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The RNA-editing enzyme ADAR1 is localized to the nascent ribonucleoprotein matrix on Xenopus lampbrush chromosomes but specifically associates with an atypical loop.

Eckmann CR, Jantsch MF - J. Cell Biol. (1999)

Bottom Line: We demonstrate that both variants of the enzyme are associated with transcriptionally active chromosome loops suggesting that the enzyme acts cotranscriptionally.Inhibition of splicing, another cotranscriptional process, does not affect the chromosomal localization of ADAR1.Finally, mutational analysis of ADAR1 demonstrates that a putative Z-DNA binding domain present in ADAR1 is not required for chromosomal targeting of the protein.

View Article: PubMed Central - PubMed

Affiliation: Department of Cytology and Genetics, Institute of Botany, University of Vienna, A-1030 Vienna, Austria.

ABSTRACT
Double-stranded RNA adenosine deaminase (ADAR1, dsRAD, DRADA) converts adenosines to inosines in double-stranded RNAs. Few candidate substrates for ADAR1 editing are known at this point and it is not known how substrate recognition is achieved. In some cases editing sites are defined by basepaired regions formed between intronic and exonic sequences, suggesting that the enzyme might function cotranscriptionally. We have isolated two variants of Xenopus laevis ADAR1 for which no editing substrates are currently known. We demonstrate that both variants of the enzyme are associated with transcriptionally active chromosome loops suggesting that the enzyme acts cotranscriptionally. The widespread distribution of the protein along the entire chromosome indicates that ADAR1 associates with the RNP matrix in a substrate-independent manner. Inhibition of splicing, another cotranscriptional process, does not affect the chromosomal localization of ADAR1. Furthermore, we can show that the enzyme is dramatically enriched on a special RNA-containing loop that seems transcriptionally silent. Detailed analysis of this loop suggests that it might represent a site of ADAR1 storage or a site where active RNA editing is taking place. Finally, mutational analysis of ADAR1 demonstrates that a putative Z-DNA binding domain present in ADAR1 is not required for chromosomal targeting of the protein.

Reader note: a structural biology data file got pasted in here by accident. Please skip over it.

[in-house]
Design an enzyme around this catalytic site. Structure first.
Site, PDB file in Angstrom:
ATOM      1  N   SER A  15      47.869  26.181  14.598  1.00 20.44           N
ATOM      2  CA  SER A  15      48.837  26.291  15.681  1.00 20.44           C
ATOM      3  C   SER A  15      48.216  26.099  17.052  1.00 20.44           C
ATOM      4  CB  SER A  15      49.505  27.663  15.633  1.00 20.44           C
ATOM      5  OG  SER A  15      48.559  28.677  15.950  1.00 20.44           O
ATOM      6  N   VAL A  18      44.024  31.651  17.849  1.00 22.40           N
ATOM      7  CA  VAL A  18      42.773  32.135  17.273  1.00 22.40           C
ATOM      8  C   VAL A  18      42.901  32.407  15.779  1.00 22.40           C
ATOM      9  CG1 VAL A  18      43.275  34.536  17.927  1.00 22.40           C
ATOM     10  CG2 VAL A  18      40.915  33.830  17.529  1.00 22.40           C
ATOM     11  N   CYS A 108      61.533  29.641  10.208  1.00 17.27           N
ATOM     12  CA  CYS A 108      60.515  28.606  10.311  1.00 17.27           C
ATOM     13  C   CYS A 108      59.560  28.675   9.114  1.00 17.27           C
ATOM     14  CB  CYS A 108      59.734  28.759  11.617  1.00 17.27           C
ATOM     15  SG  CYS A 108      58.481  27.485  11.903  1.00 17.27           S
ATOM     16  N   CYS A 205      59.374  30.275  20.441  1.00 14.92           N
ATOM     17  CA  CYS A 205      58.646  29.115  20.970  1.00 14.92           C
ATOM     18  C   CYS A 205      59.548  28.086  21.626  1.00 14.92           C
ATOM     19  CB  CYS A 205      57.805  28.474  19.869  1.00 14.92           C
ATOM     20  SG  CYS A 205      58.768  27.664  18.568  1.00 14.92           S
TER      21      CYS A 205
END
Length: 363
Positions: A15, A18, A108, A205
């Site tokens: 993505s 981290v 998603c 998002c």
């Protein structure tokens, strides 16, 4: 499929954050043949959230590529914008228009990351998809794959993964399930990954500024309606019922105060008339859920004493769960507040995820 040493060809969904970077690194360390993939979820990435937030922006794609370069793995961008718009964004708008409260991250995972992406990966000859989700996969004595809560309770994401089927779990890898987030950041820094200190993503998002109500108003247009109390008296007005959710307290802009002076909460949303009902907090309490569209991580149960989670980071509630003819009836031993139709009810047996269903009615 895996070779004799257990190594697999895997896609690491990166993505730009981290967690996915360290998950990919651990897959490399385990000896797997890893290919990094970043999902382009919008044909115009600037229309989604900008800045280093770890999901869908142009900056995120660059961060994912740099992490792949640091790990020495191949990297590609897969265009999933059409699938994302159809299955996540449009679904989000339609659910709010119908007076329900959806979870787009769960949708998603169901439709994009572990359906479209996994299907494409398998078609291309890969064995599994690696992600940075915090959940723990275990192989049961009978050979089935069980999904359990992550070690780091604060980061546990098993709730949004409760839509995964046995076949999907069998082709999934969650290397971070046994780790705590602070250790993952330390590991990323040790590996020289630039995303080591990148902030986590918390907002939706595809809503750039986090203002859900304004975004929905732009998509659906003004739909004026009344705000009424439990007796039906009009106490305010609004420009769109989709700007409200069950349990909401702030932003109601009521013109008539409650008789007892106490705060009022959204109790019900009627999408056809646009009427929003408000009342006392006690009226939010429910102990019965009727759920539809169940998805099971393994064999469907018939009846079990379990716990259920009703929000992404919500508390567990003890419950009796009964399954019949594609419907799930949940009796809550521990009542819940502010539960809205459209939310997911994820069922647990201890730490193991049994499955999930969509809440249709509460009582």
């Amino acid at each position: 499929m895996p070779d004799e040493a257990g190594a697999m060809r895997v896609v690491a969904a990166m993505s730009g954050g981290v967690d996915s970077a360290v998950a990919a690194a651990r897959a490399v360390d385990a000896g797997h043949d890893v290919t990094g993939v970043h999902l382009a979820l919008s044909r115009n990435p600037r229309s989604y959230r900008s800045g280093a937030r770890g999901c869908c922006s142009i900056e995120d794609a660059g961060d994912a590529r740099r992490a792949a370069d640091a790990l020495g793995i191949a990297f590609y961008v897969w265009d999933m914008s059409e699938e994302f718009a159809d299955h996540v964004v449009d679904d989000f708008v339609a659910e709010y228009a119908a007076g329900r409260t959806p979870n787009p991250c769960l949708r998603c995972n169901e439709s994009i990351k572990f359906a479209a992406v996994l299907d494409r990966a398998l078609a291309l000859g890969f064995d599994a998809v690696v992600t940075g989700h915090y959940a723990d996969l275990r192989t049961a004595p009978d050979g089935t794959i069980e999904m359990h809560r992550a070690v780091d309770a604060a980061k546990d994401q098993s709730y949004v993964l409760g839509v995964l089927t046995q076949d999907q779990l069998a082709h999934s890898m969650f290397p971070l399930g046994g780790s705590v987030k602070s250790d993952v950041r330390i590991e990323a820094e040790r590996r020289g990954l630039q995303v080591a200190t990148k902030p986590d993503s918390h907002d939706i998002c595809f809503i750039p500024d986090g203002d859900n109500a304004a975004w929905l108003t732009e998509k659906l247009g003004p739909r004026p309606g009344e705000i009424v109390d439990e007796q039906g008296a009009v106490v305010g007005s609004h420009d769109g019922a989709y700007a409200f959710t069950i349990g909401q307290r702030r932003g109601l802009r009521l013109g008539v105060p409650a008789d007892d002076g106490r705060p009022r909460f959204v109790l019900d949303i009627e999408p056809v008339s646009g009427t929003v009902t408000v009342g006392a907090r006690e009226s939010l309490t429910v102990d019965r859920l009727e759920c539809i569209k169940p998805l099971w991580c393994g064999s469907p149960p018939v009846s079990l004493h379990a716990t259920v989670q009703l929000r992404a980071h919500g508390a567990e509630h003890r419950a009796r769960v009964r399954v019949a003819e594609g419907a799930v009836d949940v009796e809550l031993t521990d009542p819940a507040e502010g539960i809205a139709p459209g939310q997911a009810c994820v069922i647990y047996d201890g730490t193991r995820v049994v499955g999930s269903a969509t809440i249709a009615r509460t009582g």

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Localization of  ADAR1 to LBC loops is  RNA dependent. Staining of  bivalent no. 3 with SAT4 antiserum. (a, d, g, j, and m)  DIC image, (b, e, h, k, and n)  DAPI staining, and (c, f, i, l,  and o) staining with Sat4  in the fluorescein channel.  (a–c) ADAR1 is localized to  LBC loops and is specifically  enriched on a special loop.  (d–f) Staining with Sat4 can  be blocked by ADAR1 peptide. (f) SAT signal is almost  completely diminished when  the antiserum was blocked  with ADAR1 peptide originally used for the immunization. (g–i) SAT staining is  sensitive to RNAse treatment. LBCs were digested  with RNAse before staining  with Sat4 antiserum. (g) The  loops appear “stripped” after  RNAse treatment, and (i) no  signal can be observed in the  fluorescein channel. (j–l)  Treatment with actinomycin  D inhibits transcription and  diminishes staining of regular  loops but not of the special  loop on bivalent no. 3. (j)  DIC image of bivalent no. 3  prepared from an oocyte after incubation in AMD. The  chromosomal axes is condensed and shows no transcriptionally active loops.  Also nucleoli (N) change  their morphology. (k) The  condensed, shortened chromosomal axes is well stained  with DAPI. The position of the special loop forming a “double loop bridge” is seen by the interrupted DAPI staining of the chromosomal axes on both homologues (arrowhead). (l) As transcription is inhibited no ADAR1 staining can be observed. Only the special  loop is still brilliantly labeled by SAT4 antiserum. (m–o) Injection of an unrelated oligonucleotide temporarily inhibits transcription but  does not affect ADAR1 localization on the special loop on bivalent no. 3. (m) DIC image of bivalent no. 3 prepared from an oocyte  24 h after injection of an oligonucleotide. The presence of loops on the chromosome indicates that transcription has already resumed.  (n) DAPI image of the same region. (o) ADAR1 can be detected on most transcripts and on the special loop by staining with SAT4 antiserum. Note: Shortly after injection of the oligo transcription seizes and no ADAR1 staining can be detected on regular loops (not  shown). However, staining of the brilliantly labeling loop is not affected by this treatment. Bars, 10 μm.